Every interaction I’ve had with dentists has been fraught. Some twenty years ago I had a molar remove and some tooth material left in the socket. Four days later I was back with a very painful abscess, the same dentist removed some more of the tooth material - and then charged me for it. After threatening him with legal action, he withdrew the fee. Now, twenty years later, it turns out that there’s STILL some material in there, causing me pain, headaches, infections, and grief. That dentist is still practising but there’s a statute of limitations I guess, so I won’t get a cent for almost a decade of discomfort and pain.
The next time I saw a dentist they wanted to clean all my teeth rather than do the work I asked them to do, I most specifically directed them to just do the worl I asked for, they cleaned all the teeth first anyway saying it was just the site they were working on but then - surprise - it was charged for on the bill as a complete clean. Paid it as they’d done the work, but never went back there again either. Oh and the job I asked them to do? I had to have that re-done a few months later.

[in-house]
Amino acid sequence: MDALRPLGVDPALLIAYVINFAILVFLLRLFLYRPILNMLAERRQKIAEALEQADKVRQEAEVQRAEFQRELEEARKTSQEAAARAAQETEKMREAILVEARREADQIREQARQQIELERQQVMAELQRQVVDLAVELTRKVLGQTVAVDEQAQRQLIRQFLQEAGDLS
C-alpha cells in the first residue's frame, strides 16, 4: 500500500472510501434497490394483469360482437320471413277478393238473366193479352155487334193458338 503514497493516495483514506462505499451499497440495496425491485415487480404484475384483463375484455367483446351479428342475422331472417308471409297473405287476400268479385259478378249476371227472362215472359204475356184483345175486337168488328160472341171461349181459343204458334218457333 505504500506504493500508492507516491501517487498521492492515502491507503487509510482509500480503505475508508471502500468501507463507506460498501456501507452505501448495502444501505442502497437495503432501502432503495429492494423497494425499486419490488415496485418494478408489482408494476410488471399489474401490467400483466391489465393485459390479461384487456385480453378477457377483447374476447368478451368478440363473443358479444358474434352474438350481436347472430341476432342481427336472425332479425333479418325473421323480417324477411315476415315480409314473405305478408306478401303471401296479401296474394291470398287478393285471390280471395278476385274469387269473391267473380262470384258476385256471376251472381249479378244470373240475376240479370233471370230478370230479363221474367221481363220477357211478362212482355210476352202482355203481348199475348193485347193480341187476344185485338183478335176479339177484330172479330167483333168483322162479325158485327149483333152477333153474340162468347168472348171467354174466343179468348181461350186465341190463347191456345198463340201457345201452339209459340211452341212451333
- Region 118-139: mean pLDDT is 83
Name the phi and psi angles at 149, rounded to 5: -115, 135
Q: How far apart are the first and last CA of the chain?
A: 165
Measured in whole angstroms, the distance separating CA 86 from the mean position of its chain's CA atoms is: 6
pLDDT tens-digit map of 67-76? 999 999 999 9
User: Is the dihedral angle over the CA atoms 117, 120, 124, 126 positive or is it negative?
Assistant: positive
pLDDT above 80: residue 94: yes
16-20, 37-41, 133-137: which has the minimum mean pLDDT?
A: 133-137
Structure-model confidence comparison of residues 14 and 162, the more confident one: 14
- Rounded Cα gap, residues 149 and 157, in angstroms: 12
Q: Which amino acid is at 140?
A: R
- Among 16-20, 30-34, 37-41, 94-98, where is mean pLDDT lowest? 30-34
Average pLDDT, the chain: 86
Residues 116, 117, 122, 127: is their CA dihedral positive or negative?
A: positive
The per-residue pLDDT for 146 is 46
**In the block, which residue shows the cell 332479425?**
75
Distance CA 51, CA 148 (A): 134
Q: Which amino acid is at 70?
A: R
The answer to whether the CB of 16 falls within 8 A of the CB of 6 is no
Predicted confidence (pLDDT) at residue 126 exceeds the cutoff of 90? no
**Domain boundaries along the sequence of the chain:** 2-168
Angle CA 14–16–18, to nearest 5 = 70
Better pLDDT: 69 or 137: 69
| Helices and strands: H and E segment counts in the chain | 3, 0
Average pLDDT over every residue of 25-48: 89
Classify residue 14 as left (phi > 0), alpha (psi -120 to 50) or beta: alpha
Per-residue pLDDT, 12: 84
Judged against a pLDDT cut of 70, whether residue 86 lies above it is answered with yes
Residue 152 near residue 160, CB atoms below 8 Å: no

More recently, I had to have a tooth pulled and the dentist injected anaesthetic three times over the space of fifteen minutes, which is pretty close to the limit of toxicity for that particular injection as far as I know. He spent maybe 90 seconds in the room each time, then wandered off. Finally he was satisfied, pulled the tooth in another 90 seconds, and charged us around $200 for that scant five minutes’ work.
Come to think of it, the first dentist I ever saw wasn’t such a great dentist either, he managed to stick the anaesthetic needle THROUGH my cheek from the inside out and squirt the nurse with whatever that stuff is. Talk about giving a nine year old kid any confidence in dentists…
My wife recently had a bad tooth, went to a rapid response dentist who mucked around and cleaned here and there, then decided what tooth needed to be pulled, and said they’d do that on the NEXT visit, meanwhile a married pensioner couple had to find almost a quarter of their fortnightly income to pay that first bill and the second one was going to be much more. Went to a newer dentist surgery and they a) removed the tooth right there and then, and b) did it for less than the cost of the other one’s initial visit.
The practices they employ are now several hundred years old and they’ve only made cosmetic changes, slightly different anaesthetics, same tools but now made with titanium in place of stainless steel, and so forth. That’s like car manufacturers still selling Stanley Steamers but with a petrol burner in place of the coal burner…
If dentists want to earn big money and big respect they really need to lift their game.